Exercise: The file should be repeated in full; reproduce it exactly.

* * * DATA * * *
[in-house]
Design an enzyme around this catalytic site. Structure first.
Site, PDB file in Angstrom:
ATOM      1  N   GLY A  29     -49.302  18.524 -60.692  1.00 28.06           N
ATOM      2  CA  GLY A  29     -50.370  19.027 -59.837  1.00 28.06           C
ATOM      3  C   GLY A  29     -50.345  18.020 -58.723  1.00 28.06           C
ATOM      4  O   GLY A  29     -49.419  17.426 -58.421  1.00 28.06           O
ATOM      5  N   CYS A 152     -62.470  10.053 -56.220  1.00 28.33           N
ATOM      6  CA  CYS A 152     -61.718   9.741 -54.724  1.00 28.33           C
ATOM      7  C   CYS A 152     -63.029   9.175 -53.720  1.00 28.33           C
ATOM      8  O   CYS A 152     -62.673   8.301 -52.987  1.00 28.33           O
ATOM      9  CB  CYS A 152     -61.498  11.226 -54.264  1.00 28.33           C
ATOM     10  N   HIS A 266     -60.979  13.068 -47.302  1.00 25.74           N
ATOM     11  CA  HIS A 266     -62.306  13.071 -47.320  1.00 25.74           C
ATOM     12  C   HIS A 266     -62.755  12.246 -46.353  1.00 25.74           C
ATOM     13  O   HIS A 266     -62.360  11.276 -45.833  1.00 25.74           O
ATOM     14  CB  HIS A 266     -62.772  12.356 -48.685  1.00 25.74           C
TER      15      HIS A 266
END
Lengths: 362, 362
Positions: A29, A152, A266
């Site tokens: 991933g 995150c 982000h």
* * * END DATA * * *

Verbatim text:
[in-house]
Design an enzyme around this catalytic site. Structure first.
Site, PDB file in Angstrom:
ATOM      1  N   GLY A  29     -49.302  18.524 -60.692  1.00 28.06           N
ATOM      2  CA  GLY A  29     -50.370  19.027 -59.837  1.00 28.06           C
ATOM      3  C   GLY A  29     -50.345  18.020 -58.723  1.00 28.06           C
ATOM      4  O   GLY A  29     -49.419  17.426 -58.421  1.00 28.06           O
ATOM      5  N   CYS A 152     -62.470  10.053 -56.220  1.00 28.33           N
ATOM      6  CA  CYS A 152     -61.718   9.741 -54.724  1.00 28.33           C
ATOM      7  C   CYS A 152     -63.029   9.175 -53.720  1.00 28.33           C
ATOM      8  O   CYS A 152     -62.673   8.301 -52.987  1.00 28.33           O
ATOM      9  CB  CYS A 152     -61.498  11.226 -54.264  1.00 28.33           C
ATOM     10  N   HIS A 266     -60.979  13.068 -47.302  1.00 25.74           N
ATOM     11  CA  HIS A 266     -62.306  13.071 -47.320  1.00 25.74           C
ATOM     12  C   HIS A 266     -62.755  12.246 -46.353  1.00 25.74           C
ATOM     13  O   HIS A 266     -62.360  11.276 -45.833  1.00 25.74           O
ATOM     14  CB  HIS A 266     -62.772  12.356 -48.685  1.00 25.74           C
TER      15      HIS A 266
END
Lengths: 362, 362
Positions: A29, A152, A266
């Site tokens: 991933g 995150c 982000h």